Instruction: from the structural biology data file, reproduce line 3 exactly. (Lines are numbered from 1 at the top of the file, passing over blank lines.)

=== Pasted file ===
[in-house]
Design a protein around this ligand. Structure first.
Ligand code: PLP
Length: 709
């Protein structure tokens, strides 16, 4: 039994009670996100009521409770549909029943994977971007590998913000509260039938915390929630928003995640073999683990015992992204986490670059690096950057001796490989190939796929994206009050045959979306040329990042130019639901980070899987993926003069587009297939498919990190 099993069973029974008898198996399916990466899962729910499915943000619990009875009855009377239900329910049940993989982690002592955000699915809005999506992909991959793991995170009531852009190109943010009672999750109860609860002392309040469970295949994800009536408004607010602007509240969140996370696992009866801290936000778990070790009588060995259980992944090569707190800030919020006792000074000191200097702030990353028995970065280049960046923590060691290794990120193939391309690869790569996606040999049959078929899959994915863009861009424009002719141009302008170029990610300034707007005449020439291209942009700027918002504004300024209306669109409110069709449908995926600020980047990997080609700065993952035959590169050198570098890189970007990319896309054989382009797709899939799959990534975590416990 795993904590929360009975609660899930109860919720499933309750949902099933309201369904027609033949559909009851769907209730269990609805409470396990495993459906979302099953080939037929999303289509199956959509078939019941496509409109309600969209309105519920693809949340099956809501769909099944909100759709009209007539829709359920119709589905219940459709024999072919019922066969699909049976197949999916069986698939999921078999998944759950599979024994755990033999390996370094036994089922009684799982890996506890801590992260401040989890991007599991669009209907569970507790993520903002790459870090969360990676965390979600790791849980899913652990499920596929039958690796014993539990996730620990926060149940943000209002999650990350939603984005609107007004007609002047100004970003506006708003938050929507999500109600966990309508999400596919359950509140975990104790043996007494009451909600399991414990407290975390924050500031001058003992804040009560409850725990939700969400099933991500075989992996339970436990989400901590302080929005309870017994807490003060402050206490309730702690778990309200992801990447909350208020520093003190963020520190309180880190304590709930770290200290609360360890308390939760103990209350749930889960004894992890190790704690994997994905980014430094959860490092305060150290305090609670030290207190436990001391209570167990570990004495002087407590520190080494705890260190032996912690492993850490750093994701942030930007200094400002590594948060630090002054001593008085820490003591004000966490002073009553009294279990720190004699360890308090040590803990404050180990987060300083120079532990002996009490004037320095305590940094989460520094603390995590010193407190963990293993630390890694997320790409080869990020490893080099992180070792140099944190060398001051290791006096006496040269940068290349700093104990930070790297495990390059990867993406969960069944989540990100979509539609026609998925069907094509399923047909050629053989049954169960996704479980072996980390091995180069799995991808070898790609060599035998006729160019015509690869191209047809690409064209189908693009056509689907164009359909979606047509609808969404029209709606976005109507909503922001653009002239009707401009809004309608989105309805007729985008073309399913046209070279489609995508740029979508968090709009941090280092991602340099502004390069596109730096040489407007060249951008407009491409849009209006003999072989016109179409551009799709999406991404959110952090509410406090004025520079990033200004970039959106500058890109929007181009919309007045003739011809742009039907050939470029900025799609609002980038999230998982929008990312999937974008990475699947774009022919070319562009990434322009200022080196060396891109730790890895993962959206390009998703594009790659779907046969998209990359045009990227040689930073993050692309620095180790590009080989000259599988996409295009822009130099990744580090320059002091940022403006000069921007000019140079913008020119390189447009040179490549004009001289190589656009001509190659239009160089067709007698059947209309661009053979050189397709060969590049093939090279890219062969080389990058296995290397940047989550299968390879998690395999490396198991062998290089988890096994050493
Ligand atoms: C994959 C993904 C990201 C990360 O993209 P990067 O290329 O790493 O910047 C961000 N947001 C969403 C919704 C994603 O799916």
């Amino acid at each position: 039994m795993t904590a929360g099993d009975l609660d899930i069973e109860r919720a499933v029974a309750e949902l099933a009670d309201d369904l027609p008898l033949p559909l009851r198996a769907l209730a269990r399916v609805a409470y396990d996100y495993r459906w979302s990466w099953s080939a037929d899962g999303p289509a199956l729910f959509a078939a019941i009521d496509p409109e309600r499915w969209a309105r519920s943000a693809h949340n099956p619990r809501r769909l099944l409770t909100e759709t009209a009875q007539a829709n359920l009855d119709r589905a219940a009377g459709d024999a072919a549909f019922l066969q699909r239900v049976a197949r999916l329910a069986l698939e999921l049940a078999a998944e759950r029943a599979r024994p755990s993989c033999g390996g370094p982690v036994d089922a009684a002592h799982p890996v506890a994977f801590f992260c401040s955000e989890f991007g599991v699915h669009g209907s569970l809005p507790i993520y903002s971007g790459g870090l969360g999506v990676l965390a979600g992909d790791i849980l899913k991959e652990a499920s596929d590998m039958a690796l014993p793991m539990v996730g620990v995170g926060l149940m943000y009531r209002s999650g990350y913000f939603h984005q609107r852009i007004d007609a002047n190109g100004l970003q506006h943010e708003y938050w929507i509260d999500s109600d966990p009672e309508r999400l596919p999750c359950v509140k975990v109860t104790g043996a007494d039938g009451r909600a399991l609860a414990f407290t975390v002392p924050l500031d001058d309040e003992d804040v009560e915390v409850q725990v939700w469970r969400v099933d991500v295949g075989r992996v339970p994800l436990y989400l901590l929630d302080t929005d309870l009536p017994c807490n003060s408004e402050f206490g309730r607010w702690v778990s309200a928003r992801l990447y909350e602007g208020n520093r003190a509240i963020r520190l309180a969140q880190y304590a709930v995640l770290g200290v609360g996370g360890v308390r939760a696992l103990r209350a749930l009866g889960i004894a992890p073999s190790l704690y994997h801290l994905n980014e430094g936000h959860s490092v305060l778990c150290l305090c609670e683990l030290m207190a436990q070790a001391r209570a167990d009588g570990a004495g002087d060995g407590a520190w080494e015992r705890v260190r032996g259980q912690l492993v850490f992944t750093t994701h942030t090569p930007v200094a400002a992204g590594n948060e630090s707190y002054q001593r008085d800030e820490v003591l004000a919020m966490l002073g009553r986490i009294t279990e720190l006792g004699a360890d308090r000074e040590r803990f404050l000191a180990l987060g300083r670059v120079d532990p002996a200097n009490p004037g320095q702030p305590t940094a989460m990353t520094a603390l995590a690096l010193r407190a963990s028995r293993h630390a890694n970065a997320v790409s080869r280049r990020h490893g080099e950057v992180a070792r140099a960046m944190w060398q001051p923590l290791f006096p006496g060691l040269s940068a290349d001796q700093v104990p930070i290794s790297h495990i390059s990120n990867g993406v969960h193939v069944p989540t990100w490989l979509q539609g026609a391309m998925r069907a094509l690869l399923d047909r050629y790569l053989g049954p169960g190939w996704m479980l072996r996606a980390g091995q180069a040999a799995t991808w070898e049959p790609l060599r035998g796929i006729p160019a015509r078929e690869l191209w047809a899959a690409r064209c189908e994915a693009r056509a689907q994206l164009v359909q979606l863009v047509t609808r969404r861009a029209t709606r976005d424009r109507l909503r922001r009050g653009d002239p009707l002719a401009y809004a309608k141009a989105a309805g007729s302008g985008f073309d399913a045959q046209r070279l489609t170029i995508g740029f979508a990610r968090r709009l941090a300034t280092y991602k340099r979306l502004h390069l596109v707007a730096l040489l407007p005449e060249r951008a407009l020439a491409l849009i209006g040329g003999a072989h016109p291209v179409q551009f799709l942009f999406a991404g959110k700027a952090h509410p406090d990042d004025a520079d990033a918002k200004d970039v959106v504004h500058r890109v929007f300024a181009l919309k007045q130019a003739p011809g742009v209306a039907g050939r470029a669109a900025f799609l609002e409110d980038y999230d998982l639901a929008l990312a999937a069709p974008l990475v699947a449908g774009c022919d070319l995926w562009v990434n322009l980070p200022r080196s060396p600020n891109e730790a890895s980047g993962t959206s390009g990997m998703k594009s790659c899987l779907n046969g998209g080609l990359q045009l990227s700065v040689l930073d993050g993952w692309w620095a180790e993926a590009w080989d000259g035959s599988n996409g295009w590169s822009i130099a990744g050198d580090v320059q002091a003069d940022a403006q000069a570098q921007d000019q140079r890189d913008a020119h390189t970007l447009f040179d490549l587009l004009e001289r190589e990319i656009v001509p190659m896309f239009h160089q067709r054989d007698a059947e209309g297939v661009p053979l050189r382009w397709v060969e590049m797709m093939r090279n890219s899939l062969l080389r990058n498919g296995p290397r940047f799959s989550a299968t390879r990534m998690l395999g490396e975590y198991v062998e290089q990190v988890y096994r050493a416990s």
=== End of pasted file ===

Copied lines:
Ligand code: PLP